Guanaco Vs Llama: Ears

Outside of color, one of the easier ways to differentiate a guanaco from a llama is their ears. Guanacos have shorter, thinned ears than the llama. Llama ears are generally longer and quite a bit more distinctive. “Llama ears” even have a place in some cultures and children’s games.

Guanaco Vs Llama: Domestication

Guanaco Vs Llama

Llamas are simply the result of 5,000 years of guanaco domestication.

©Cezary Wojtkowski/

The major difference between the two species of Camelid is their domestication. Guanacos are not domesticated and have wild herds roaming across much of South America. These herd animals were captured by native peoples over 6,000 years ago and farmed. Over thousands of years, the modern llama entered the scene around 5,000 years ago. Although they are closely related, they share some differences as a result of domestication.

Domestication changes more than just the physical features of an animal. Behaviorally, llamas are gentle and well adapted for life around humans. They are known to detect emotional pain and even comfort people, explaining their use in many hospitals (therapy llamas are actually a thing). Additionally, their aggression is low, especially among well-socialized individuals.

Physically, domestication allowed llamas to grow larger and come in different colorations. Since llamas were (and are) bred for fur, meat, milk, and hides, having more and greater variation of those resources was valuable. Additionally, since llamas were used extensively as pack animals, they were bred to be larger and to carry more weight.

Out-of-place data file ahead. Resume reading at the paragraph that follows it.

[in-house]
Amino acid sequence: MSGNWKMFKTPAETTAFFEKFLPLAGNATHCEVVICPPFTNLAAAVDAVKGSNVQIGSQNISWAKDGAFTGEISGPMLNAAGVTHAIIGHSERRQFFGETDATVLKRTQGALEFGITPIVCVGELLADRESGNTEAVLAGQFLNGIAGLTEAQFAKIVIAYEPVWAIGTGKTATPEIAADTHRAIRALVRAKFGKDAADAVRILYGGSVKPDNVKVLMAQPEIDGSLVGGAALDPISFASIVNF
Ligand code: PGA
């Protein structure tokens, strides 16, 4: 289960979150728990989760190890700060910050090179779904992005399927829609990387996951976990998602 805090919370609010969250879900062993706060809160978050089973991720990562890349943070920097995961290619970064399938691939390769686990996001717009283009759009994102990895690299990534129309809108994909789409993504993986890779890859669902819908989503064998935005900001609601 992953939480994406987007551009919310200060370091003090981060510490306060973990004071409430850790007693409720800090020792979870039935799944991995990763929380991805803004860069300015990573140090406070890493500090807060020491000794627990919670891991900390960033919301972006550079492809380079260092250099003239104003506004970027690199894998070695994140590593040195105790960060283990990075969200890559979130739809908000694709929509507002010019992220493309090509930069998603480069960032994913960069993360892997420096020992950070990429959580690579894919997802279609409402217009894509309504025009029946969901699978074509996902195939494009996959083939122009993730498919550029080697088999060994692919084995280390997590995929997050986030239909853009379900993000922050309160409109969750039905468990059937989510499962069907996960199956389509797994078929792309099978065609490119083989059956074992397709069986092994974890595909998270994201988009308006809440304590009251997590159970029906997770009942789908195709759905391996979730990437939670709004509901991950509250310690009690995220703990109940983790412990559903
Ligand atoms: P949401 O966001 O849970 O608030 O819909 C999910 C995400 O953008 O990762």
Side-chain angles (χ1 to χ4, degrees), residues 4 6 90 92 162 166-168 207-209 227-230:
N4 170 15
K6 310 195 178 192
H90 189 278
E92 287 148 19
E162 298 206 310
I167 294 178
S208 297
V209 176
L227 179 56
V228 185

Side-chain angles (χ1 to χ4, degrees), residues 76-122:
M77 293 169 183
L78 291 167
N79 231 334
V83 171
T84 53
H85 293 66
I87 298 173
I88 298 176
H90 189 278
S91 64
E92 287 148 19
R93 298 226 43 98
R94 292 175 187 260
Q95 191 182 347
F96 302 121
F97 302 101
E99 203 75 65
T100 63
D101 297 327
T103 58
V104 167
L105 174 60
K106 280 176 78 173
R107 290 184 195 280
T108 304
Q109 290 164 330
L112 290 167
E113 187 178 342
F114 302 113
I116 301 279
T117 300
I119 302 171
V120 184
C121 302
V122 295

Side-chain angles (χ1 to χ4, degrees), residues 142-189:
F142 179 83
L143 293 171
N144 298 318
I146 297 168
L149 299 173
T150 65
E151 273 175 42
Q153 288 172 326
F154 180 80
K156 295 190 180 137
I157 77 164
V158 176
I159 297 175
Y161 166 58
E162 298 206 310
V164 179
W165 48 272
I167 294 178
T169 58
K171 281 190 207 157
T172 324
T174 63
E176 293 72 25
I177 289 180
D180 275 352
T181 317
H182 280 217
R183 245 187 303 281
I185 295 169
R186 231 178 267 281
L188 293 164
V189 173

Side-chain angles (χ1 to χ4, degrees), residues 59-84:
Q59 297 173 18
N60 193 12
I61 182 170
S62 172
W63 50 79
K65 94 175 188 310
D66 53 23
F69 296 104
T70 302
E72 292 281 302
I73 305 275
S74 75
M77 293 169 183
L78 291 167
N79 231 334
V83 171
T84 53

Guanaco Vs Llama: Fur quality

Although the quality of something is rather subjective, there are some differences between the fibers of the two animals that are worth noting. Guanaco is wild and, therefore, harder to get. Additionally, their wool is finer and softer, especially the undercoat. Llama hair comes in more natural colors, but it is known to be a bit rougher. Still, the wool of both animals is valuable. Of all the South American camelids, the vicuña is known to have the finest of them all.

Guanaco Vs Llama: Evolutionary history

Guanaco and llama share a close evolutionary history. Both animals are members of the Camelidae family, along with five others, camels among them. Their ancient ancestors arrived in South America tens of thousands of years ago from North America. However, the northern groups died out during the last ice age, leaving only the South American groups alive.

Guanacos were captured and used by humans as long as 7,000 years ago, making them one of the earliest animals to be domesticated, especially in the New World. The domesticated result of farming guanaco for meat, fur, milk, and more resulted in the modern-day llama. Llamas are simply the domesticated forms of guanaco (after 5,000 years of intentional selection).

The photo featured at the top of this post is © abriendomundo/

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About the Author

Colby is a writer at A-Z Animals primarily covering outdoors, unique animal stories, and science news. Colby has been writing about science news and animals for five years and holds a bachelor's degree from SEU. A resident of NYC, you can find him camping, exploring, and telling everyone about what birds he saw at his local birdfeeder.